You’re down in London every week, have you managed to avoid the London Eye?
I think I went on it once years ago, but I try to avoid a Ferris wheel where possible.
If you could go back in time, where would you go?
My dad immigrated to the UK in 1981. But before that the family lived in Pakistan, and before that my grandad was born in British India, and that is the Indian side now, it’s called Jalandhar, which is in the Punjab region of India.
My grandad moved in 1947, just after partition, to Pakistan. So, I would love to meet my great grandfather, who would have lived in British India around the time of the First World War, to learn a little bit more about our family history. Because my family immigrated from different places we don’t really have that lineage that we can trace so easily in comparison to my friends whose families have lived in Scotland or the UK for generations. My brother got one of those DNA tests and it came back with Pakistani, South Asian and before that we seem to have come from Turkey and Afghanistan, which is interesting.
What is the best piece of advice that you have had?
From my mum, and that is to just keep going. It is not something that she has just said to me as a parliamentarian, it was also as a young child. My mum is my biggest champion.
You seem to have quite a good relationship with her.
In that kind of traditional South Asian household there weren’t very many opportunities for young girls, so my mum got married relatively young, my aunty didn’t go to secondary school even though she lived in the UK, my other aunty got married when I think she was 17 or 18.
My grandad had moved to Rochdale in the 60s, and in the late 60s my granny got a one-way ticket from Pakistan to Rochdale to join my grandfather with five kids in tow. The women in my household have made so many sacrifices, and very often when I walk around the parliamentary estate I remind myself that I am not just doing this for me, but I am doing this for them because they didn’t get those opportunities whatsoever. And because they didn’t get those opportunities, they pushed me even more.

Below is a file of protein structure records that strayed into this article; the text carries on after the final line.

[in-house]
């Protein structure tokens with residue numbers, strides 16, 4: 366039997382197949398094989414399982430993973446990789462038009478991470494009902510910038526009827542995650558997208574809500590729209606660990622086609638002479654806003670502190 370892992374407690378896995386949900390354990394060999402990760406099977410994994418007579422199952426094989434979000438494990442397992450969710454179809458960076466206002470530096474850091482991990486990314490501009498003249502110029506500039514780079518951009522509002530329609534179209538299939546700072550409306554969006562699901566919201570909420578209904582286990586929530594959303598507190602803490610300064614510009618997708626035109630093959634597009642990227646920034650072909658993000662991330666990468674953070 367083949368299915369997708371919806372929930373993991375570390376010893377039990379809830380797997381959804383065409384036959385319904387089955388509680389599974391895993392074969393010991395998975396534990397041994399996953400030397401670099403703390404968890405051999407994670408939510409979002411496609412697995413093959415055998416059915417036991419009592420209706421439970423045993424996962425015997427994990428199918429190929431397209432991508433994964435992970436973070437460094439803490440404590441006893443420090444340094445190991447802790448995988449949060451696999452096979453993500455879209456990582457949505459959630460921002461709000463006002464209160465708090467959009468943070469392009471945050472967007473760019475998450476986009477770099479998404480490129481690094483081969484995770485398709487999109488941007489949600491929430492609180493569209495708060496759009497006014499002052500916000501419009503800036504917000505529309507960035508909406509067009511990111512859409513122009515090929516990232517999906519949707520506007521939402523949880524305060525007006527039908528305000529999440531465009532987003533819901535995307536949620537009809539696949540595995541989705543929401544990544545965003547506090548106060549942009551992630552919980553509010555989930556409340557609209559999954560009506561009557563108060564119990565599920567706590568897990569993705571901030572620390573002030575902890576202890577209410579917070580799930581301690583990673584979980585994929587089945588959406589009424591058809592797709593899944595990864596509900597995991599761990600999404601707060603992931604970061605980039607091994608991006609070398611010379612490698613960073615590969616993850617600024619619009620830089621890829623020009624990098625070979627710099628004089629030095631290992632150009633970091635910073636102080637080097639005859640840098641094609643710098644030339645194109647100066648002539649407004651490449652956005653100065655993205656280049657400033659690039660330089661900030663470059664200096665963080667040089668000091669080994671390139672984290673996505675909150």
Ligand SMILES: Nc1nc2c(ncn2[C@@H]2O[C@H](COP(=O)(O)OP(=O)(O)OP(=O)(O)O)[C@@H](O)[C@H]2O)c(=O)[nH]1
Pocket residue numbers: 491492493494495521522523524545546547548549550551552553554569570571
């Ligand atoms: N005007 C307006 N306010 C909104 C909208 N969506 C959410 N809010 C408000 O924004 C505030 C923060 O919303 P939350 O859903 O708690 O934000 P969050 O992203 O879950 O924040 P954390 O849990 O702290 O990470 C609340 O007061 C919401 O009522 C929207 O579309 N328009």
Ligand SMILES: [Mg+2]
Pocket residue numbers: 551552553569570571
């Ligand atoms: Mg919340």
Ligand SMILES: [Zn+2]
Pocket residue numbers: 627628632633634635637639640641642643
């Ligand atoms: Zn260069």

When it does get difficult, they are the ones that are there saying you can do this, we believe in you.
Are they your main political inspiration?
My birthday is 11 September, I was nine when 9/11 happened and I went to school the next day and was asked if my family were terrorists, they said my skin colour was dirty like poo, and my mum and dad had to sit me down at quite a young age and explain terms like Islamophobia and racism. And I just never understood why I was different to anyone else. Yes, I knew that I had Quran lessons in the evening and my friends would have Sunday school, but I didn’t really see anything different between any of us.
That got me angry at a young age, and I think a lot of South Asian Muslims got angry and upset about it. Most people, when I speak to them when they are South Asian Muslims in Scotland, say that they were politicised after 9/11 and the Iraq War. For me, I just never shut up about it, and again, my parents and my family were there pushing and encouraging me.